FBi Laptop Camera Snooping and Orwell’s 1984: Side by Side Comparison

Jon Schwartz ( @tinyrevolution ) posted this to Twitter. It is a side by side comparison of a passage from “1984″ to the news report from a former senior FBI official that the FBI can turn on the laptop cameras of individuals without activating the red light that shows the camera is operating.

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The Washington Post broke the story. If the FBI is doing this without a warrant it is yet another nail in the coffin of the US 4th Amendment, which guarantees people the right not to have government snoop through their personal effects without evidence of wrongdoing and a judge’s permission.

14 Responses

    • I’ve had a little piece of sticky note over the camera ever since I bought my new Mac laptop, several years ago. It won’t do much for sound recording, but at least it’s something.

    • What about the built in mics? And let’s not forget that they can listen to you on your cellphone and activate that camera too.

  1. This must be done at a low level, either the operating system or the hardware itself – which implies Microsoft or chip makers are complicit at the spying of citizens worldwide.

    How long will it be before some nations ban American designed software or hardware for any government use? Stuxnet and widespread espionage show the vulnerability of using foreign controlled computer systems.

    • Actually it depends on the camera and its design. On some, the light can be disabled using a modified driver; certain Logitech cameras you can disable the light through a Windows registry key.

      In all cases they would need to hack into a machine to apply the exploit – but there’s nothing necessarily saying that the exploit has to be through hardware in all cases. (It may just be that they don’t have a way of doing it for cameras that would require hardware hacks – there’s nothing in the text saying they can do it for every make and model.)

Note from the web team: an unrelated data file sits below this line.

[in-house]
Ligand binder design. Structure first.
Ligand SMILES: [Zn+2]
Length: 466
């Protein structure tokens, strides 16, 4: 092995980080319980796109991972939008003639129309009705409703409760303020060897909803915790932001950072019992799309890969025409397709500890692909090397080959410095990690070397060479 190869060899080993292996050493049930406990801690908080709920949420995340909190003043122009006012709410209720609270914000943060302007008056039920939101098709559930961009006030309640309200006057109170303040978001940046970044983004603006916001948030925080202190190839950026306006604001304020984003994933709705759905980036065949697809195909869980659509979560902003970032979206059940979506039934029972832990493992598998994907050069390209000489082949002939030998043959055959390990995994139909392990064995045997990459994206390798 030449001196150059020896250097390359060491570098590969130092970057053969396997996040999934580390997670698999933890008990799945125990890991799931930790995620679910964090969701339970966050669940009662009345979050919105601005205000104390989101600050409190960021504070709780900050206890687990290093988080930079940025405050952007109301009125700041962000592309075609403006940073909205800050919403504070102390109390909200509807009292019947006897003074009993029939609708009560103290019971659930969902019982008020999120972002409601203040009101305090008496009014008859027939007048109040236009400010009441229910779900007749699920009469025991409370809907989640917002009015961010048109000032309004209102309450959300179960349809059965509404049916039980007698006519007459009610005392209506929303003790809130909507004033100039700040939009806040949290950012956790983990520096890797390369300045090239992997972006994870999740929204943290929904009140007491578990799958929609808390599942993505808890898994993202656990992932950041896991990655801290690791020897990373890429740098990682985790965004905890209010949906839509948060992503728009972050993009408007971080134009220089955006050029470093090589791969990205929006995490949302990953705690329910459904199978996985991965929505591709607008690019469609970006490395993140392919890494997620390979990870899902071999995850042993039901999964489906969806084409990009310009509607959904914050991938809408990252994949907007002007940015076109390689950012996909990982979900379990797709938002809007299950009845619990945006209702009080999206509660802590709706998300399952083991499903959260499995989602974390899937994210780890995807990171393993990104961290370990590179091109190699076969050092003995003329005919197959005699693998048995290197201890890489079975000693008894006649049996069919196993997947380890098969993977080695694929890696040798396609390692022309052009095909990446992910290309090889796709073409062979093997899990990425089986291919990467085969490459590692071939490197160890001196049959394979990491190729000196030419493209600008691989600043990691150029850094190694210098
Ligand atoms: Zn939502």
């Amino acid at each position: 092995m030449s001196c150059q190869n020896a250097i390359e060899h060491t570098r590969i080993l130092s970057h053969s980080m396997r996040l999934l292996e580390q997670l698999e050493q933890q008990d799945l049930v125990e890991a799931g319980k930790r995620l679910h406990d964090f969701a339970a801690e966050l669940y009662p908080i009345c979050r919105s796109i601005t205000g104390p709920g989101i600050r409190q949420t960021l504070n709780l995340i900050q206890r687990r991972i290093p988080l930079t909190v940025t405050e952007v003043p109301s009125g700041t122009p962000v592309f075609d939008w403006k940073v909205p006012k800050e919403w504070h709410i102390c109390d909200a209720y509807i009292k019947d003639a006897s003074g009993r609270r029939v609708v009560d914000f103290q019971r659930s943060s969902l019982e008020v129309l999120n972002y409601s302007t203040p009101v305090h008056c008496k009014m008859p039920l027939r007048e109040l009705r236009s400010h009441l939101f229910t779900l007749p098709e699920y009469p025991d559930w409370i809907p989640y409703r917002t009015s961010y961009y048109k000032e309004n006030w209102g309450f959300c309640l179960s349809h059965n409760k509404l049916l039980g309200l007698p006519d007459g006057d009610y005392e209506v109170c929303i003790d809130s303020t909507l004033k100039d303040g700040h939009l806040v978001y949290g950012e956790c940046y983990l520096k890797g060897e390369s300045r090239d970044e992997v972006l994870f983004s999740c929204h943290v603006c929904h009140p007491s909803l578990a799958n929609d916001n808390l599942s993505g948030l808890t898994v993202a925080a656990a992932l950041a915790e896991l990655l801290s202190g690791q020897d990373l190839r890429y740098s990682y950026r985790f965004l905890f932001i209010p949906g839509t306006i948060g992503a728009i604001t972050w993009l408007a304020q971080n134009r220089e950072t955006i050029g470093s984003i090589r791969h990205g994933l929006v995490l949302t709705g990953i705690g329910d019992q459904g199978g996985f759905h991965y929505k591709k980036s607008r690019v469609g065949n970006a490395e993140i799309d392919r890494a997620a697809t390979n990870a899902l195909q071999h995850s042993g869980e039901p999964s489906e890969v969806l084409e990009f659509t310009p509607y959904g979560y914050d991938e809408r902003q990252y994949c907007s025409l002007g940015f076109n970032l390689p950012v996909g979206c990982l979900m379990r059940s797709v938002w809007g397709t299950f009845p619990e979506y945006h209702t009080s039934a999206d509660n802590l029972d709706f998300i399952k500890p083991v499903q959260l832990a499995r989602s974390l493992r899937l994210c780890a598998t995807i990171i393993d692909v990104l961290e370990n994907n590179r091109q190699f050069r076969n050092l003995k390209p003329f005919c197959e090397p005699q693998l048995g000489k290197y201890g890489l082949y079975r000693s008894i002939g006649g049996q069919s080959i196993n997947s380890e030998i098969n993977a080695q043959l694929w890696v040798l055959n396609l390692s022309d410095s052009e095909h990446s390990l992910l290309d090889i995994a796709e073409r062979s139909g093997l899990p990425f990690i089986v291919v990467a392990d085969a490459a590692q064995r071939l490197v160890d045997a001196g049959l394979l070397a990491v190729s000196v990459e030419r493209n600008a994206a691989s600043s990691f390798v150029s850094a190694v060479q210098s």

• It’s long been rumored that the reason Windows has so many security holes is that these are trap-doors for the NSA to get into your system. Makes sense to me…

      I wonder if LInux is as vulnerable?

      • When Microsoft extorted a “cross-licensing agreement” out of
        S.u.S.E., Linux became vulnerable. You know that for Microsoft to get out from under that monopoly suit the Federal government had over their heads, they had to give the spooks something, and it wasn’t just going to be the secret backdoors to Windows. They were going to ensure that no competition had any advantages they didn’t keep.

  2. Then the Telecom Network needs to be complicit as well. This is serious. Do you trust the Gov’t will resist the urge to spy on dissenters like our cherished Prof. Cole?

  3. “The FBI…has used that technique mainly in terrorism cases or the most serious criminal investigation,…’ (emphasis added).

    Oh, indeed? & just what are those other cases? Beyond despicable. An excellent comparison by Schwartz, too.

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